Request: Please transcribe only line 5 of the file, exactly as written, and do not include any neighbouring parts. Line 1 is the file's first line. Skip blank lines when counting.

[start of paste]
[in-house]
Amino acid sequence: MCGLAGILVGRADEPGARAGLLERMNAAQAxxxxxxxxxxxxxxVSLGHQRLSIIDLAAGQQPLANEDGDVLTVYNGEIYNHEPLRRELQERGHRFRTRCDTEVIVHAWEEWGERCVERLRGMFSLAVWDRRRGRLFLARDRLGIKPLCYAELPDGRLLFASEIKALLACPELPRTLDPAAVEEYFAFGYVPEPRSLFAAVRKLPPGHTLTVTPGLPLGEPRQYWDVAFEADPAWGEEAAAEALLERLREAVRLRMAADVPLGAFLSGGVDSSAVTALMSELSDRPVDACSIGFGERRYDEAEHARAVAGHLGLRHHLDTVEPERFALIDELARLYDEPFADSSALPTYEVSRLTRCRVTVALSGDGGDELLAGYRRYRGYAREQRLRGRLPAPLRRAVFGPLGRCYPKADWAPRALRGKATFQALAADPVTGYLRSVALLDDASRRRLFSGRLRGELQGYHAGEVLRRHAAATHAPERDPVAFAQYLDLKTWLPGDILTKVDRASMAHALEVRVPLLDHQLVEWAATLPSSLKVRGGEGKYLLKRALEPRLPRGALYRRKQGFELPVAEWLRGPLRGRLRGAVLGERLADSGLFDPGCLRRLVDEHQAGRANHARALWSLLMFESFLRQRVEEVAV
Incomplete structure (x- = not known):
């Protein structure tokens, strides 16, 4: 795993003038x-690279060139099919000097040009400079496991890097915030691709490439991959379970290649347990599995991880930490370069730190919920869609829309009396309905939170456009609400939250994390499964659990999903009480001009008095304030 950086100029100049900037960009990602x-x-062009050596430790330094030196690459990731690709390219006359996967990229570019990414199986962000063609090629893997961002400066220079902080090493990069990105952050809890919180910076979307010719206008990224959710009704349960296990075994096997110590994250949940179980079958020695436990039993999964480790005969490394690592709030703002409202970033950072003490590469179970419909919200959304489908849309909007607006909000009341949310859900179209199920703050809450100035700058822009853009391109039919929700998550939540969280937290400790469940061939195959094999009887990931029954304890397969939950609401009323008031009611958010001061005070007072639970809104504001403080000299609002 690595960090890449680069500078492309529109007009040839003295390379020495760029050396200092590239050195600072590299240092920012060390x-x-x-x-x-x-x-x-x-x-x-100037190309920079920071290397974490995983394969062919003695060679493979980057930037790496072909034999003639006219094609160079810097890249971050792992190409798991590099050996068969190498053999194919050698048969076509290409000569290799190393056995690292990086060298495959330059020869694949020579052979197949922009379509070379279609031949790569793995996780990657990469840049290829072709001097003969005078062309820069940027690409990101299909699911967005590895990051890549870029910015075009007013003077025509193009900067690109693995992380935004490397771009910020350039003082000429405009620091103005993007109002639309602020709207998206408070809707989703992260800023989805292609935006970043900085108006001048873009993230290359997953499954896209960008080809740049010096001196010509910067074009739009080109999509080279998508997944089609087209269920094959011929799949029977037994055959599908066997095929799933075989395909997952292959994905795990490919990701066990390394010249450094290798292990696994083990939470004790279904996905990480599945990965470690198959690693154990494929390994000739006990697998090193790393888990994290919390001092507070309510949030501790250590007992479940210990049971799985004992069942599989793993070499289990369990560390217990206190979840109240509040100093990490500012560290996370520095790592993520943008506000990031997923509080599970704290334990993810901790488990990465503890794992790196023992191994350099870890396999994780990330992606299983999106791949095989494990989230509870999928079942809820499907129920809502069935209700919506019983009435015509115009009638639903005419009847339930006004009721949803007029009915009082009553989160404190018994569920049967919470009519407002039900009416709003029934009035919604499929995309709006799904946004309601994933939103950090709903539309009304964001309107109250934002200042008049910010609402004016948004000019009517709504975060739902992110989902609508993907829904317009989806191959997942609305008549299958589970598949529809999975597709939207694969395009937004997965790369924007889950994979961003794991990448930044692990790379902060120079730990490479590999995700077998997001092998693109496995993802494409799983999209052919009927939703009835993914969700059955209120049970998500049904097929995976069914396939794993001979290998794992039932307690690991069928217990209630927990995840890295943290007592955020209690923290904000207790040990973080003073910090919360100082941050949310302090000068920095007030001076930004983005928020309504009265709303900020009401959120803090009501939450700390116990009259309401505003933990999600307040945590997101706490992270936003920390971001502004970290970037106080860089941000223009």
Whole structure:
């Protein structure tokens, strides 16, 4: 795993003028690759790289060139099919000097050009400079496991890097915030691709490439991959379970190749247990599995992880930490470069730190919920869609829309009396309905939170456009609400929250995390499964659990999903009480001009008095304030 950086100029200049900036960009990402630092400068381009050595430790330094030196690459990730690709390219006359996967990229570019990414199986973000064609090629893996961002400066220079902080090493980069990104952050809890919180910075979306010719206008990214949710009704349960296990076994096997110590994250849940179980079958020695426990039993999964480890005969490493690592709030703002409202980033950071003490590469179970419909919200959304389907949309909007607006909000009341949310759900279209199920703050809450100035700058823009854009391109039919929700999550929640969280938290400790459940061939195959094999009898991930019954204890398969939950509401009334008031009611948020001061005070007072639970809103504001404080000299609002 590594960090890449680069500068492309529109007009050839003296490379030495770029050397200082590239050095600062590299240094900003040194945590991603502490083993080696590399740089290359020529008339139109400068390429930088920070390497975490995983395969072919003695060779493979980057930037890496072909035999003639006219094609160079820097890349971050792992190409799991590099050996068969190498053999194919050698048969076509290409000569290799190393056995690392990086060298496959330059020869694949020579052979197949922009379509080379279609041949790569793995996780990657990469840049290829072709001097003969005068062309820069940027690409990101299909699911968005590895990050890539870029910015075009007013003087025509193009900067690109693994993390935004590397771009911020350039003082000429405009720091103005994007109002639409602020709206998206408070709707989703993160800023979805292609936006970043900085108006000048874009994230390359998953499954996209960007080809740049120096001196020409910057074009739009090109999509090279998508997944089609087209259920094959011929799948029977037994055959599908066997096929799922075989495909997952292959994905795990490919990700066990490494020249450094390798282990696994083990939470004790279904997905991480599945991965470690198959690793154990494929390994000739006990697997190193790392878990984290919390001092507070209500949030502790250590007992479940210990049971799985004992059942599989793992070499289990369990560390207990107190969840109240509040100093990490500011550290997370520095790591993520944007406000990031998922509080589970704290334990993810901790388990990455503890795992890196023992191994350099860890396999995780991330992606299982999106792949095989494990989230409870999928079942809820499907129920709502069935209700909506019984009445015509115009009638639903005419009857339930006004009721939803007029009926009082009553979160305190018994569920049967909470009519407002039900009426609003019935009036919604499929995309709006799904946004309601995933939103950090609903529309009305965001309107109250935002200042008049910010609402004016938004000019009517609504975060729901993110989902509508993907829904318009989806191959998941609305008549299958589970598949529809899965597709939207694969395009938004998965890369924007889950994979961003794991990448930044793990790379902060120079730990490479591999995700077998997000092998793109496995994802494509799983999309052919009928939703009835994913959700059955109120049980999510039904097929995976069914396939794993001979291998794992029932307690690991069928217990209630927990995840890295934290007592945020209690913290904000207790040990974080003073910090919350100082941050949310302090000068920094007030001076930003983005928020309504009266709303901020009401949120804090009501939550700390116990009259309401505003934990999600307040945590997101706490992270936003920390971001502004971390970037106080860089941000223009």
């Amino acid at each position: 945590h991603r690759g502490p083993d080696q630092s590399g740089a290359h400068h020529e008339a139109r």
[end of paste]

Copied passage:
Whole structure: